The thing is, voyeuristic sadism in games or movies isn’t about causation, but revelation. The point is not what they will make us into any one of those things, but what it says about us that we find them entertaining. In this sense, what we consume and how we consume it reveals who we are, not makes us who we are.

On Realism

It was implied in the comments that realism was the justification for Martin’s depictions of sexism. The gist of it was that the sexism is a major part of why the series is so interesting and successful. I said in a previous article this year:

… through this lens these social ills [racism, classism and sexism] cannot be defined as problems at all. The sexism, racism and classism are [claimed as] part and parcel of the construction of the fantasy, whose authenticity is lost when those things are absent. Men invested in these fantasies feel entitled to have them and history is used as the reason this should be so, creating a virtual space where men escape from reality and to reality as Kimmel pointed out. This glorification of the medieval and warrior value set becomes much more worrying when we acknowledge the relationship between our fantasies and our personal longing. The fantasies we enjoy often betray us. — Read More …

McCloud-iconMy point is that history is unjustifiably used as justification for the bigotry paraded before us in the name of entertainment.

Martin’s world is fiction. It did not happen. It’s not a historical piece. It has no obligation to “stay true” to any events of the past, because it’s not attempting to recreate events of the past. It offers no historical perspectives – it borrows the trappings of history. It’s a romanticization — a very intriguing and powerful one — of a dark period of history, a fantasy, a caricature of it. It’s not realism. That this is being interpreted as realism is indicative of the problem with ahistorical thinking.

In the U.S., the opposition party in our congress tweeted just this past February that Rosa Parks, a major Civil Rights leader of the 1960s, helped to end racism. The tweet was rightfully mocked and critiqued — he made the statement as though racism had actually ended. The tweet was later edited to reflect the reality: she merely helped in the on-going battle against racism. Its a good example, of how ahistorical thinking skews the past to render the present. There’s nothing necessary or essential about the violence Martin choses to create in AGOT.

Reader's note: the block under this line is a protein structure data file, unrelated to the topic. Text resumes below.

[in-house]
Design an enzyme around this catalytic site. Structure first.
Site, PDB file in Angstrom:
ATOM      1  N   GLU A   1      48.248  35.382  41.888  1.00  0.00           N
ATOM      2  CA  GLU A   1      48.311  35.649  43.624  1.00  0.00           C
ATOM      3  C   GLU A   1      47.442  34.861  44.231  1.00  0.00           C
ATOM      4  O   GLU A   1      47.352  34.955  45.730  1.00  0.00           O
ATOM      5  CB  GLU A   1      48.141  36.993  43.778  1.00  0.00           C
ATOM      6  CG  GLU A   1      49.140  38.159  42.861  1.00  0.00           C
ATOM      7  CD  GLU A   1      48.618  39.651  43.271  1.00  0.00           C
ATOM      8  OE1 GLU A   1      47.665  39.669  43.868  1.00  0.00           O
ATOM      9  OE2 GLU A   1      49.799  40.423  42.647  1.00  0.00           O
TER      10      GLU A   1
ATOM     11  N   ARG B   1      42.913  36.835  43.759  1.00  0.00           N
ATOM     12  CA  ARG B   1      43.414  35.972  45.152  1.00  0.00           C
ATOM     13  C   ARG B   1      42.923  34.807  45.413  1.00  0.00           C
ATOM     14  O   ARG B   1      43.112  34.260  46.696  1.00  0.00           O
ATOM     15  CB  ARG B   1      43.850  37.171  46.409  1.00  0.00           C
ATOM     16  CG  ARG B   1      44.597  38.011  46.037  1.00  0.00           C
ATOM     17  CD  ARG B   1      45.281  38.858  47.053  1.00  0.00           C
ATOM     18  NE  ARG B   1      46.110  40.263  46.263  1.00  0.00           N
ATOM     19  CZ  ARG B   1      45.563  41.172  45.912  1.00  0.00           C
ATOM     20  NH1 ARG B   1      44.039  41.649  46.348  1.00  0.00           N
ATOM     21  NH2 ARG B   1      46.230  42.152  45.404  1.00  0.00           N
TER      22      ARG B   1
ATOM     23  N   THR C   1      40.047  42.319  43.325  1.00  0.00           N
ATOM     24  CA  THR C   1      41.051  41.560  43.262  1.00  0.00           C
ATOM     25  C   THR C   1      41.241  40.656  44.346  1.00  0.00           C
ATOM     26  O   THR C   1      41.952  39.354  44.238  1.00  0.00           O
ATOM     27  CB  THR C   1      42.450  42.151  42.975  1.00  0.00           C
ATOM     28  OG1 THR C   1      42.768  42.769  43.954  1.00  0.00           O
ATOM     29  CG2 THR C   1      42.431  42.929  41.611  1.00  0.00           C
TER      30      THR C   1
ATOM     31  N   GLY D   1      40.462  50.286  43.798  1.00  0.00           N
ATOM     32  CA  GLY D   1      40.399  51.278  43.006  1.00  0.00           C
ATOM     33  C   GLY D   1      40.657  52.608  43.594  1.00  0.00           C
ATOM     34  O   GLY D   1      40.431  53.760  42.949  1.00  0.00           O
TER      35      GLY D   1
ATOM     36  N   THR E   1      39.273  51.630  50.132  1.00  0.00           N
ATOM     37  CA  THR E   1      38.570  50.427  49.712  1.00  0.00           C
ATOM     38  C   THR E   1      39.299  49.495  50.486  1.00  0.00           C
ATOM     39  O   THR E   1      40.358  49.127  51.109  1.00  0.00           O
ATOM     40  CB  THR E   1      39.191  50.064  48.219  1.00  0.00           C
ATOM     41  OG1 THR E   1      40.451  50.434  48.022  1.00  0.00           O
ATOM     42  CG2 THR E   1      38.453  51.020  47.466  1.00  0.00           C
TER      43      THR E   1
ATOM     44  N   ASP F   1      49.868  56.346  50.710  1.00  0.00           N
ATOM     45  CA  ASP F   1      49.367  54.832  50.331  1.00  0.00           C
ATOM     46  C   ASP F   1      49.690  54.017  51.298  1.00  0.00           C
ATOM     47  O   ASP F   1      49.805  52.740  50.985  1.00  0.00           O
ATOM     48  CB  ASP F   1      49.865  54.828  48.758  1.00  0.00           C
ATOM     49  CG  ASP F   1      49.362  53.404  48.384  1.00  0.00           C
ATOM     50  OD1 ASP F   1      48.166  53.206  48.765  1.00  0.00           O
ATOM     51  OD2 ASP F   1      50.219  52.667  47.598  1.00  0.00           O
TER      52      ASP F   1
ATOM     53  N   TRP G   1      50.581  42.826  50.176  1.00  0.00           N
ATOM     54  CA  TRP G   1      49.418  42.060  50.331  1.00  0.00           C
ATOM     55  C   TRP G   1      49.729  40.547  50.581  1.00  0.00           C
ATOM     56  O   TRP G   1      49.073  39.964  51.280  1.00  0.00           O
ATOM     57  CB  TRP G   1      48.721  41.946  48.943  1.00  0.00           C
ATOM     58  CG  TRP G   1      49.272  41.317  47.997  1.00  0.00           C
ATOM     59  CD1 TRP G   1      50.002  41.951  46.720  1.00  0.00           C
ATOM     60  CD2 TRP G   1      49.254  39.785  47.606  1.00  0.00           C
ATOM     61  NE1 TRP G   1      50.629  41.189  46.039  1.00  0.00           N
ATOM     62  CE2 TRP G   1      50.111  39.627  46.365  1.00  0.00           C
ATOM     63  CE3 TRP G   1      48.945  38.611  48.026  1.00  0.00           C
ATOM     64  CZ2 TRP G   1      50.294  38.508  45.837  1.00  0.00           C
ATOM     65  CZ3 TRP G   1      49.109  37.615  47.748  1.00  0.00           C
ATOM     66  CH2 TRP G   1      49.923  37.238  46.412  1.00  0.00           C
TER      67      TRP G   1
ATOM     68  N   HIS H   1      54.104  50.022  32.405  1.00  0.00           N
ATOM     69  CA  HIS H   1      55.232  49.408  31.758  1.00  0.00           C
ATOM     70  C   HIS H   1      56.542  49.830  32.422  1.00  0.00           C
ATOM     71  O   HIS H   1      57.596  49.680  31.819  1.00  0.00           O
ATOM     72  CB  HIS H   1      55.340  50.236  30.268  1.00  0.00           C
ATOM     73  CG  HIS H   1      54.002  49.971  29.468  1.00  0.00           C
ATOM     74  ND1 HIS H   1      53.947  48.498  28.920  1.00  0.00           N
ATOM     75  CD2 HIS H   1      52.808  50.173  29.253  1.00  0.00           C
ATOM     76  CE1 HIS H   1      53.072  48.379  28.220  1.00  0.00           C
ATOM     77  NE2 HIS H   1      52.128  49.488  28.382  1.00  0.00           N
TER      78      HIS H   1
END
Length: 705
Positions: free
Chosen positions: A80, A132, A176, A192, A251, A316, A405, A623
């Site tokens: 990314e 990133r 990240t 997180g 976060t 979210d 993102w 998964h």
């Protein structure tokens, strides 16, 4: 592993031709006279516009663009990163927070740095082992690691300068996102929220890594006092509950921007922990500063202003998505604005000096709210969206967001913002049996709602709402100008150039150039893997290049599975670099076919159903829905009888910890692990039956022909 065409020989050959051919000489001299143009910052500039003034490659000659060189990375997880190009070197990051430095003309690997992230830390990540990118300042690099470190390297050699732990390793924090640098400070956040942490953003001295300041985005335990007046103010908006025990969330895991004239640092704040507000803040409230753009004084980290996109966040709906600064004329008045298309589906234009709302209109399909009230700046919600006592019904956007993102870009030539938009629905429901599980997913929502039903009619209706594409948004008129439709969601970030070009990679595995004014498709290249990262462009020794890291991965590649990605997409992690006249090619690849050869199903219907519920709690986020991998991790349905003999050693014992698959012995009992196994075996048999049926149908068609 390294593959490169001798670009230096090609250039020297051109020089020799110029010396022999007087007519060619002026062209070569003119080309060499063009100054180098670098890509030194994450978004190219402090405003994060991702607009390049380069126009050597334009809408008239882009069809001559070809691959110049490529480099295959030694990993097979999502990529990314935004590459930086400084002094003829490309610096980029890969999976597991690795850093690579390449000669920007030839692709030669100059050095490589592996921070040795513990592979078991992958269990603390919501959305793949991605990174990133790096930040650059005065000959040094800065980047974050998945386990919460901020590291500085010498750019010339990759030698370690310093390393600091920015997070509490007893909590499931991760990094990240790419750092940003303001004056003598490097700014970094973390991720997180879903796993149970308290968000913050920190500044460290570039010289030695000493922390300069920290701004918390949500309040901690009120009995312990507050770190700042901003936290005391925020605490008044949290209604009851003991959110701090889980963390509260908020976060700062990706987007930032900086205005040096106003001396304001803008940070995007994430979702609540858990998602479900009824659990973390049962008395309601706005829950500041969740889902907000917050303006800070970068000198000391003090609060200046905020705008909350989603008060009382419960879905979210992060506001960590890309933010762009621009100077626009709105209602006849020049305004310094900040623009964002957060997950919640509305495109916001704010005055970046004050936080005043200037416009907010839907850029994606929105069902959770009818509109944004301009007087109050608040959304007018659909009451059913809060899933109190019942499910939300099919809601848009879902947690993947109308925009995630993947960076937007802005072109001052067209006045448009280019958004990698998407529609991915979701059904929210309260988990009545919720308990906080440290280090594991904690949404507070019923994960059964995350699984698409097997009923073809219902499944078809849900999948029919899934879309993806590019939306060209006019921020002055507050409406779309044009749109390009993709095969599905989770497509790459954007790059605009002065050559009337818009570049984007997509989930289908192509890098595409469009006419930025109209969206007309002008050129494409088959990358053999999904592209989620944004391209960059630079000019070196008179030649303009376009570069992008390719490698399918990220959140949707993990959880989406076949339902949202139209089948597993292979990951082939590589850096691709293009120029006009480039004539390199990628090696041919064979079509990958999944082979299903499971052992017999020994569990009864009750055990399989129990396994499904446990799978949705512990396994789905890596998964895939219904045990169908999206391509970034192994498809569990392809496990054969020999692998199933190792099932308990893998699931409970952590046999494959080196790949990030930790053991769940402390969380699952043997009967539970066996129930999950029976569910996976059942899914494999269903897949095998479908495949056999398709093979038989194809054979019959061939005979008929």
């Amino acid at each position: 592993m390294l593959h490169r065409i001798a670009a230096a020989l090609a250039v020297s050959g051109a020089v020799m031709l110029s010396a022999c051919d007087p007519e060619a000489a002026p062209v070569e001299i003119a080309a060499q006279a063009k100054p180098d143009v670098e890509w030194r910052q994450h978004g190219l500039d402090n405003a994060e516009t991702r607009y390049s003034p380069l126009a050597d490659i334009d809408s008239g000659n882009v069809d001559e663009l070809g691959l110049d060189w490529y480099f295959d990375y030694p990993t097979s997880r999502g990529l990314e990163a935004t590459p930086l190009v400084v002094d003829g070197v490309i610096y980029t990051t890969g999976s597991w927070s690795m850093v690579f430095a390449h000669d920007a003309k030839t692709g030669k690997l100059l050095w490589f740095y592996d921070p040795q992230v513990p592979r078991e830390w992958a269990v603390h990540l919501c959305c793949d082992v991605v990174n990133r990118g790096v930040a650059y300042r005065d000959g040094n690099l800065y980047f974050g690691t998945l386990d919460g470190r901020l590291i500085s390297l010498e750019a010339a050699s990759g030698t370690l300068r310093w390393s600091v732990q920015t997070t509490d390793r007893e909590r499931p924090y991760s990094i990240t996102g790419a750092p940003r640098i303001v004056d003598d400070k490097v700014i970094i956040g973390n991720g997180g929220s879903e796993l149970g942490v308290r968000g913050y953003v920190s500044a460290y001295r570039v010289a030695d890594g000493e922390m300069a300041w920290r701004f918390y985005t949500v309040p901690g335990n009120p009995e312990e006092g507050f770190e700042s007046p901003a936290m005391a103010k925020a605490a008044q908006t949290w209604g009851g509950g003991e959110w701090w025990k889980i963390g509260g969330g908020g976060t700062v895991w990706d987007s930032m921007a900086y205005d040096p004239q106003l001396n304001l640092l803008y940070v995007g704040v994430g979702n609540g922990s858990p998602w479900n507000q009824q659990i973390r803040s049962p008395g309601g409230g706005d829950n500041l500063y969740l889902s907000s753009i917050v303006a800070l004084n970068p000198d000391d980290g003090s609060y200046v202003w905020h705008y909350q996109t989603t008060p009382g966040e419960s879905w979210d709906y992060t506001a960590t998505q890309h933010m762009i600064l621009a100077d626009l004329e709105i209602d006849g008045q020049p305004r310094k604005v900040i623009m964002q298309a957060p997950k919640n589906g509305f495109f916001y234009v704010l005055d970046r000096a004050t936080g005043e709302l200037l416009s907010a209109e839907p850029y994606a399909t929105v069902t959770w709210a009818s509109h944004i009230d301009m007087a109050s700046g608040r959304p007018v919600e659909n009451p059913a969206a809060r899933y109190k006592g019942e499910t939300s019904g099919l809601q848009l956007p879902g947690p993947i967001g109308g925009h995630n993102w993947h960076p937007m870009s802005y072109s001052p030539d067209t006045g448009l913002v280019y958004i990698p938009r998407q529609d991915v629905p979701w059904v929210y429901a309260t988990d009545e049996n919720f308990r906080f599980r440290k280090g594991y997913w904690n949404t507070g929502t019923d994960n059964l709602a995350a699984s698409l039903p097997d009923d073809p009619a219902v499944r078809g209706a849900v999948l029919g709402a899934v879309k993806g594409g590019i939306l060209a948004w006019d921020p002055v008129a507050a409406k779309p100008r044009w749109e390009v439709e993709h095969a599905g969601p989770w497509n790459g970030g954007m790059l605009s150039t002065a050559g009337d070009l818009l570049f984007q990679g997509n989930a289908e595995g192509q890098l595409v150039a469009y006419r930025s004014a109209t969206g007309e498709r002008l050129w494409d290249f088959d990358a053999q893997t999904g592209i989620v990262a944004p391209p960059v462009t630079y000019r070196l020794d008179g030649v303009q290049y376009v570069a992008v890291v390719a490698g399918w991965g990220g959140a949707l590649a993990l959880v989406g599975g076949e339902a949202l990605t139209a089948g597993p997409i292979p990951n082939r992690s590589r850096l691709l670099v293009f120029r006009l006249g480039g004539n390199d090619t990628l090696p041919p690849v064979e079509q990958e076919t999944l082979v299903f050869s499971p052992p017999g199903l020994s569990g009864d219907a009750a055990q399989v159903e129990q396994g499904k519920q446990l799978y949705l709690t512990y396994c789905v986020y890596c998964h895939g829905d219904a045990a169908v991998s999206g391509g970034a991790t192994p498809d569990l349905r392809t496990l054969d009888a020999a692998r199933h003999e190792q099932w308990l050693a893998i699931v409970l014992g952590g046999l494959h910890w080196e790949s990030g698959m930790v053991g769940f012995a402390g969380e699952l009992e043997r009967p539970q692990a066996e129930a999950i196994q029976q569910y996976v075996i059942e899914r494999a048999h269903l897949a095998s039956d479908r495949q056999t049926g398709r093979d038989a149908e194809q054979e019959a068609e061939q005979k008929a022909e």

From Here

I don’t think voyeurism allows us to walk in someone else’s shoes. I think to “walk in someone else’s shoes” is a phrase that means we should try to empathize with others. But I think there’s common misunderstanding about what it actually means to empathize. It’s not just replicating someone else’s feelings based on our own perceptions. Imagine a spectator visiting the roman Colosseum and stating that the reason they bought the ticket was to experience empathy from those fed to the lions, that the spectacle is a vehicle that helps them to foster their emotional intellgience. It may be true, but do you see how this is a very roundabout, even strange, way to expand our emotional range of experience? This is one area I think games will soon dive deeper into, and in fact the topic of Empathy Games came up at this year’s Game Developers Conventions. Can media be a tool in expanding our emotional experiences, making us more emotionally intelligent? I think yes. But I think that media cannot be delivered as entertainment if that’s the goal.

So what does empathy really look like? I’d provide you with the ultimate guide if I had one, but I lost it. However, I read this article a couple of months ago on a blog I stumbled upon that I think is good anecdote. It’s called “She Wasn’t Being Rude” and it relates the story of how the author, a veterinarian, saved a dog’s life despite his less than cultured client, whom his staff described as rude. It’s a good story to read and the moral of it was that the dog’s owner had a very unpolished demeanor (low education, street-speaking, common folk). In the end, he counseled his staff that the woman wasn’t being rude and he focused instead on her needs. He listened to her and helped her. I think this was a good instance of what empathy looks like in action.

Empathy has at least two directions, though. While a connection to others is necessary, how can we tell when that connection is about us and when it’s about the subject? When is empathy about me?

Always and never.

If my family and I were on a sinking boat, I might have to save myself in order to save them too. It’s both a selfish act and a selfless one. In this sense, empathy is partially a recognition of your responsibility towards others. It’s not just an experience. It’s a realization you couldn’t have made without experiencing someone else’s experience. Voyeurs might seek to feel empathy, but the act can’t transcend it’s egocentricity in order to achieve it. Of course, the sinking boat is just an anecdote, but I think it gets the point across. Empathy is not for the sake of feeling. Not if it matters. Empathy is supposed to encourage us to act.

Does any of this make us evil for engaging in voyeurism? For seeking to empathize? For mistaking reality in our entertainment? For enjoying AGOT. As I said before, these things reveal us not make us who we are and I think no one evil for it — that’s for us to decide for ourselves. If we live in societies that have trouble with these issues, then we’re enmeshed in them as well whether we like it or not, know it or not, want to be or not. There’s nothing evil about that. I know I have a reputation for raising controversial questions, but there they are. To me, it seems that the importance of this exercise is to question why we enjoy problematic things (and yeah …we all enjoy problematic things). AGOT, as a work of entertainment, is one of the most problematic works in the medium right now. It’s inspired many hot debates for years for it’s content, but that’s exactly is where I think it’s true value lies: Inspiring debates about it’s controversies.

Scree Tags: #morality #gameofthrones #entertainment